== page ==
Where is your workplace at when it comes to mental health initiatives?
It is undeniable that the Covid-19 pandemic worsened the epidemic of mental health challenges that plague countries around the world. Not immune, this perpetuating issue also infiltrated workplaces.
In fact, studies suggest that 75% of US employees have struggled with anxiety caused by Covid-19. In the UK – and as recent as November – almost half (45%) of the population have reported feeling anxious or worried, rising to 64% for those with pre-existing mental health condition.
Youngest Gens are the hardest hit by the Covid-19 Pandemic
Putting general aside for a moment, the hardest hit generations out of the pandemic have been our younger gens: Millennials and Gen Z. When you consider the alarming statistics that indicate millennials have the highest rates of mental health issues amongst any generation, the consequence of these findings, are huge. Especially when younger gens will comprise of 75% of the total workforce in the next five years and millennials will be responsible for leading business growth.
There has been – and still is – uncertainty, fear and anxiety around the pandemic and what 2021 will bring.
This will present as a compounding issue for the world: the strain of mental health challenges, not just on an individual basis, but collectively as a society. While we don’t yet know what this strain will mean for organisations and society long term, what the economic, financial, and human cost will be, these are conversations government, organisations and individuals need to be having now.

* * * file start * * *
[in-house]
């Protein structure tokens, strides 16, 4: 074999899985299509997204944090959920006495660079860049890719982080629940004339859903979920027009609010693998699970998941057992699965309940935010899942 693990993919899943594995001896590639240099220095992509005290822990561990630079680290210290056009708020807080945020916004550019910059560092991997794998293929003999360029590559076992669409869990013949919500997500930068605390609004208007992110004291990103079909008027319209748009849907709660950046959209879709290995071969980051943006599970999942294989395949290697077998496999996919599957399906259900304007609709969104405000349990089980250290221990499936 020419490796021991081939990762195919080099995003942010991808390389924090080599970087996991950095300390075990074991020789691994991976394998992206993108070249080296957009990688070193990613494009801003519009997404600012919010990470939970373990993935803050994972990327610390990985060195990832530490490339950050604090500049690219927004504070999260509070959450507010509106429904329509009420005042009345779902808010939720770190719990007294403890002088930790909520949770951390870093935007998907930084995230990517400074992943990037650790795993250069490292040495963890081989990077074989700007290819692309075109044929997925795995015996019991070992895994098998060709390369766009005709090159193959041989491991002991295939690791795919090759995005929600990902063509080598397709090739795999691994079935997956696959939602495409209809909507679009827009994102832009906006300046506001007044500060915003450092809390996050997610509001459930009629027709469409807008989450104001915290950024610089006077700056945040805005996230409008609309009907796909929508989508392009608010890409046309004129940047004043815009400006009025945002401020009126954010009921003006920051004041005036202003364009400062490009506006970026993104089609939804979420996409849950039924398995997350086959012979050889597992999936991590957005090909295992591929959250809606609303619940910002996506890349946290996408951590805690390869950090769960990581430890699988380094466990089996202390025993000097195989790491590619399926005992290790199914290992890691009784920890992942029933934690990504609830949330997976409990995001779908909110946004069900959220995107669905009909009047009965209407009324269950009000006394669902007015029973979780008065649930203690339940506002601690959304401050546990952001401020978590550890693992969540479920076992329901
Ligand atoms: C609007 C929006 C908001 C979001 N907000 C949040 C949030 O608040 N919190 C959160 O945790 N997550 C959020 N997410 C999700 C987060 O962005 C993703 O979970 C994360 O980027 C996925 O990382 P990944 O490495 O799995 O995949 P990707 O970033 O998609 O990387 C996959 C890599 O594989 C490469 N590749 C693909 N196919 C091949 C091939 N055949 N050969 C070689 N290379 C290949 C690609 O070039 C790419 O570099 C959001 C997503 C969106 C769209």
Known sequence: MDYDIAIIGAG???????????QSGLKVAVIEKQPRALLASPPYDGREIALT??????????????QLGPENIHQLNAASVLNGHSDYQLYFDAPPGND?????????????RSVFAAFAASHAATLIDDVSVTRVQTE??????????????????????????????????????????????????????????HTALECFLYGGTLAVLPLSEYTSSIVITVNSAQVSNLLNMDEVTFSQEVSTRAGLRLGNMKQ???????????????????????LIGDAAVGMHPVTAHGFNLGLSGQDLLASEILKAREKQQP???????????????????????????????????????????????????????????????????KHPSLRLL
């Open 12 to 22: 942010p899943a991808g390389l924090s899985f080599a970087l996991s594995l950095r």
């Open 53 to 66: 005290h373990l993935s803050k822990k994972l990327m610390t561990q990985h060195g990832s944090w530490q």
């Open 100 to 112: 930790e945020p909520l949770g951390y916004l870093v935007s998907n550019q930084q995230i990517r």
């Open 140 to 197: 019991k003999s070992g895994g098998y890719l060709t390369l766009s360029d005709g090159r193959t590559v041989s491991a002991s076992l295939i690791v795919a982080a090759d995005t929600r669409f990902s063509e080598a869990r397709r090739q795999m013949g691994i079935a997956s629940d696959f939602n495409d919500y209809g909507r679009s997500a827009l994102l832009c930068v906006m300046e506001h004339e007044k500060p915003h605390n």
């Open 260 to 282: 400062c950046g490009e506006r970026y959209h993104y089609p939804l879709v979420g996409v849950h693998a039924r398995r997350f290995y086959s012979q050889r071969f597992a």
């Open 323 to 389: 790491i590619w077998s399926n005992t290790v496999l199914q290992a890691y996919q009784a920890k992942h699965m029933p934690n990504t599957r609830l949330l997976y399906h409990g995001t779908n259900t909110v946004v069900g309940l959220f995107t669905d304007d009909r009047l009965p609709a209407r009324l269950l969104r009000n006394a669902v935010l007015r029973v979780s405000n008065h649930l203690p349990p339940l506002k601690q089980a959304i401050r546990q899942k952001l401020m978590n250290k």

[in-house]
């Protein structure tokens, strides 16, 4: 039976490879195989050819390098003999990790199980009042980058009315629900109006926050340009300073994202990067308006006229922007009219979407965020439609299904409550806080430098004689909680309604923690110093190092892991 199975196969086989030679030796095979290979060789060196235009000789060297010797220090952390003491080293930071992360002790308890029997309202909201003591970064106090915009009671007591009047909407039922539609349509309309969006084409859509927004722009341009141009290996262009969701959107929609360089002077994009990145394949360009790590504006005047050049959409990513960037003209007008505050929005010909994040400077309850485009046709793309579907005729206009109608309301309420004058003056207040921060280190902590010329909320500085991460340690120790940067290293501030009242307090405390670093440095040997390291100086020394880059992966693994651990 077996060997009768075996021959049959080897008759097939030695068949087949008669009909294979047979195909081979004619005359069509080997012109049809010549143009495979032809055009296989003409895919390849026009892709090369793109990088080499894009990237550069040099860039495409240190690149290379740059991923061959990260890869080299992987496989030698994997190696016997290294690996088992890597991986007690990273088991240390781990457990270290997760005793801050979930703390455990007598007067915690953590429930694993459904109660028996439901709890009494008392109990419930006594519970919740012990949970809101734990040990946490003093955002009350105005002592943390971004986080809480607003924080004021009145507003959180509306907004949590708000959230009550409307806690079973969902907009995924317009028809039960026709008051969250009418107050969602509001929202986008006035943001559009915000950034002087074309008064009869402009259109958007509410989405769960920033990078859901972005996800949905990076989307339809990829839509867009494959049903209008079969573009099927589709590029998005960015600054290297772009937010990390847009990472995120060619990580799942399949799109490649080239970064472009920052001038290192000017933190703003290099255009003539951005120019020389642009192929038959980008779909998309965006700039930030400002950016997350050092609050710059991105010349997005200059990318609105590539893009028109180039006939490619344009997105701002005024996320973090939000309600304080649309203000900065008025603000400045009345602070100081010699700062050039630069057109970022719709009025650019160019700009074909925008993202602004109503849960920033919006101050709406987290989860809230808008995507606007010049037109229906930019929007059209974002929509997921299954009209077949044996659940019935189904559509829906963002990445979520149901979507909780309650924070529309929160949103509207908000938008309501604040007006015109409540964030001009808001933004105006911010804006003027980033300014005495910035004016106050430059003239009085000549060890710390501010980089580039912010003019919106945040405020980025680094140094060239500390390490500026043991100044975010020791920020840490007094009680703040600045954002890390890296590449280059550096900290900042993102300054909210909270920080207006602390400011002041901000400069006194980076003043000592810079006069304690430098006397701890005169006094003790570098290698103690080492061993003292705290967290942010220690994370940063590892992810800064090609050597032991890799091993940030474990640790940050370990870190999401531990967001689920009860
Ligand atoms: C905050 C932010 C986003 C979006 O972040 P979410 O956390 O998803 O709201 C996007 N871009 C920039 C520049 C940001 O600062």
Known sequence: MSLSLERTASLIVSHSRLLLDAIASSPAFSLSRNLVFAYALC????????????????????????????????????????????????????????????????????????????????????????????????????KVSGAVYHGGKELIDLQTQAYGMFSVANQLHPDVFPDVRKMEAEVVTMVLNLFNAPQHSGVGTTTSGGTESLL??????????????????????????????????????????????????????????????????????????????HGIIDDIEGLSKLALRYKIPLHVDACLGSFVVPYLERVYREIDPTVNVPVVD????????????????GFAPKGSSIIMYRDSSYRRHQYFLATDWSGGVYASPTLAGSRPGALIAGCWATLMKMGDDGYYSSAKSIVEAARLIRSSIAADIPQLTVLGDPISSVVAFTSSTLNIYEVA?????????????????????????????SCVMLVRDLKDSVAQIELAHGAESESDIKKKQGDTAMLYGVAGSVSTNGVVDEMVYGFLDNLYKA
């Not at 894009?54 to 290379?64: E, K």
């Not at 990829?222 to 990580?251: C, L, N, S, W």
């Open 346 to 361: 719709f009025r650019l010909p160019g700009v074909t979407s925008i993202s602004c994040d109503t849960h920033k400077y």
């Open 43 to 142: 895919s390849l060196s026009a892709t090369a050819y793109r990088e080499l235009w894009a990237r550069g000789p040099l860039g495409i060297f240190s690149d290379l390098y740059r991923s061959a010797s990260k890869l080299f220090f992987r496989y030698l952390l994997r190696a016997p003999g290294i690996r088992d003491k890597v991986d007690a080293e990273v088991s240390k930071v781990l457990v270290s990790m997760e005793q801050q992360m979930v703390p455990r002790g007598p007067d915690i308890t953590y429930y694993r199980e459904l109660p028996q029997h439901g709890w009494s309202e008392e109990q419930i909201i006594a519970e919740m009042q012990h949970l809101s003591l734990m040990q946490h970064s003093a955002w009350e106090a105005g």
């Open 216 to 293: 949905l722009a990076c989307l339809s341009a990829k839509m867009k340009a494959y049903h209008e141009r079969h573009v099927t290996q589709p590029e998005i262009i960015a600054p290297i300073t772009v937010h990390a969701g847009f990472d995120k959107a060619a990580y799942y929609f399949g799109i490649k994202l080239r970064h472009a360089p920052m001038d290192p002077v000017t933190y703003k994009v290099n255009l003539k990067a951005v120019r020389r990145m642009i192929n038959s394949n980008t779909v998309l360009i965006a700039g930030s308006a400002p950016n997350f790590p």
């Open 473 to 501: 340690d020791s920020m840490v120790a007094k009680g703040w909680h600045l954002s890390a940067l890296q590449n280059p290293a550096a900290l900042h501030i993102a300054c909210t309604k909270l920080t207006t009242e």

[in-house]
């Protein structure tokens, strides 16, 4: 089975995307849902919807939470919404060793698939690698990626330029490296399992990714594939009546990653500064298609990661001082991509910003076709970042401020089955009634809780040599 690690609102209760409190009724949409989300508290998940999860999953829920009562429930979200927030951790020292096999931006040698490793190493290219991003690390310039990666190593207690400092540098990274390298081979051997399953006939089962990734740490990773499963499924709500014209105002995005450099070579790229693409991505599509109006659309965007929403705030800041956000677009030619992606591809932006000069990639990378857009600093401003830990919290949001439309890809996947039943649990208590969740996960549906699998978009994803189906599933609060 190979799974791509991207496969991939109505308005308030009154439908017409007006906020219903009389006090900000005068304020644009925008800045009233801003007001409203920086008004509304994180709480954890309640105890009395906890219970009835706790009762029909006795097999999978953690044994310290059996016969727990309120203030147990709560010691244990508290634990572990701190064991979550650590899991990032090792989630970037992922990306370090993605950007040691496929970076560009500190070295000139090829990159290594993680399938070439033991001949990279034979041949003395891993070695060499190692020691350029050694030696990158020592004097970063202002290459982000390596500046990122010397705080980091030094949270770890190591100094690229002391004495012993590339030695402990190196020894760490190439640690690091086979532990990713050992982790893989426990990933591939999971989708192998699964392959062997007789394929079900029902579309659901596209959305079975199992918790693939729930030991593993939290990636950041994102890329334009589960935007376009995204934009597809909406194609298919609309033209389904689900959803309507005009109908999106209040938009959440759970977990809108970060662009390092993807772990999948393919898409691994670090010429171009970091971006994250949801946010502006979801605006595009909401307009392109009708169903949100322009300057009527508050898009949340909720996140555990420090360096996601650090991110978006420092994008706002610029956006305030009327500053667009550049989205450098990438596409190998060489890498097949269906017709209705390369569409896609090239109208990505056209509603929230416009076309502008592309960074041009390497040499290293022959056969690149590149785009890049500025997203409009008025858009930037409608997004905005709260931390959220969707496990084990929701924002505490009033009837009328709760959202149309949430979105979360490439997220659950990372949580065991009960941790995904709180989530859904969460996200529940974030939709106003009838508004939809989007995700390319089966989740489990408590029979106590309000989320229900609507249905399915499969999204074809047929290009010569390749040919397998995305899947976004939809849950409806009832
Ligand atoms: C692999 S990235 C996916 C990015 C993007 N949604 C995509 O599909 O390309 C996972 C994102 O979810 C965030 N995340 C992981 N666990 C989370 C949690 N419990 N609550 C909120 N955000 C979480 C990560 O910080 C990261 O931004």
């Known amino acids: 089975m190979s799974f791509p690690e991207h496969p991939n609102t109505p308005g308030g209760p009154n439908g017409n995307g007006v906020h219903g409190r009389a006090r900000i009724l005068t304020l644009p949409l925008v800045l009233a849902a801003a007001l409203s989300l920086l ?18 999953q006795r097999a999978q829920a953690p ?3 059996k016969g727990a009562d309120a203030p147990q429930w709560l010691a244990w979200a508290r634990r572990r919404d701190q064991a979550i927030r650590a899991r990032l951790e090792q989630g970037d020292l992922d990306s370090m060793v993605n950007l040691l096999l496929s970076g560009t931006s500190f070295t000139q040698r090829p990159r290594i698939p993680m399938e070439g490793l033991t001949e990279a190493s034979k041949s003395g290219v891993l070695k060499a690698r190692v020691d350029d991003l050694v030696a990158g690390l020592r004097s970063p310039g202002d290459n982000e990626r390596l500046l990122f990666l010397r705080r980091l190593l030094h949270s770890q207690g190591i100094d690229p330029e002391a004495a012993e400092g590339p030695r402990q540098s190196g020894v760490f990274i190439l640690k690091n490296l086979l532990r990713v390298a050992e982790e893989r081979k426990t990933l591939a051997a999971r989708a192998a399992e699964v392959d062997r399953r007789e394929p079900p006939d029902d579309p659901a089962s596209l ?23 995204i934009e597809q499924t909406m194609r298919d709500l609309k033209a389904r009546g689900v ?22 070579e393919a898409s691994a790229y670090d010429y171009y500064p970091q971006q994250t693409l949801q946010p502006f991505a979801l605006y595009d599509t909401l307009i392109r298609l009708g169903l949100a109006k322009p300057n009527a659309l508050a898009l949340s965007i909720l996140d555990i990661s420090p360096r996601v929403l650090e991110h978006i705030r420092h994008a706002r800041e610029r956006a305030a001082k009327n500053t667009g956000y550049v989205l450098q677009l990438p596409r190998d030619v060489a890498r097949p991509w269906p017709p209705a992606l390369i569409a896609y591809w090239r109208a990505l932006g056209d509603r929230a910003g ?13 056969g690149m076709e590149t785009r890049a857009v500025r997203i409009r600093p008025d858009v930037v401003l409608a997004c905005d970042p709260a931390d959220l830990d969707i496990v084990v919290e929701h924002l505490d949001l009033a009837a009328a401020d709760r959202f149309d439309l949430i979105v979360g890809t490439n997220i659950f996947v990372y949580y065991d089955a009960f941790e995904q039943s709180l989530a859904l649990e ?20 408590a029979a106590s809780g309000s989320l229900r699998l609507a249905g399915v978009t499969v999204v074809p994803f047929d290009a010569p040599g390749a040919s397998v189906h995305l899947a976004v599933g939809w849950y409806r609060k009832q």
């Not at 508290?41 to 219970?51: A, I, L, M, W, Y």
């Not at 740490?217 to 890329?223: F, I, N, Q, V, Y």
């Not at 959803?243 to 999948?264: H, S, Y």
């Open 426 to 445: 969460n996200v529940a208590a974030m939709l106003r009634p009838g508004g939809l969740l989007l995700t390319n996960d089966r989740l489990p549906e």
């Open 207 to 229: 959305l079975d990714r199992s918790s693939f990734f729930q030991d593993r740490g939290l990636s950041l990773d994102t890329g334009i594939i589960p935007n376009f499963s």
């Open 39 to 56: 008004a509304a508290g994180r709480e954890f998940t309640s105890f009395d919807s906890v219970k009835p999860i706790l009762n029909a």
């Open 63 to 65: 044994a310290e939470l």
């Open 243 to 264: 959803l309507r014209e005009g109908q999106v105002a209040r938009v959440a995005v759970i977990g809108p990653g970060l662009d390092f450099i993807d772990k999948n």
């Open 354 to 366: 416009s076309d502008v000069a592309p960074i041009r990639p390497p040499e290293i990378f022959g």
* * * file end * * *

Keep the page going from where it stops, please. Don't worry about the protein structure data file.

Support is needed.
While government support – at least in the UK – has been pledged toward mental health initiatives, government support alone will not be enough to make an impact. Especially when you consider findings from a TalkOut study published late last year, reporting more the 56% of UK workers had not been offered support by their workplaces since the pandemic hit in March. Six months without support.
Ask yourself: How are you supporting your younger generations?
My advice: As a business leader, you must be aware of these challenges and recognise that it exists in your organisation. And if it “hasn’t presented itself” look at your teams’ performance, behaviour, and attitude. The things you need to be thinking about are:
1. Do you have the right leaders in place who have the required EQ and are willing and able to listen?
2. Do you have the right strategies, or policies in place?
3. What kind of support networks and services are available?
Be the leader – and business – that cares. Not just because you have an obligation to, but because investing in your employees and providing the right support will pay dividends in return.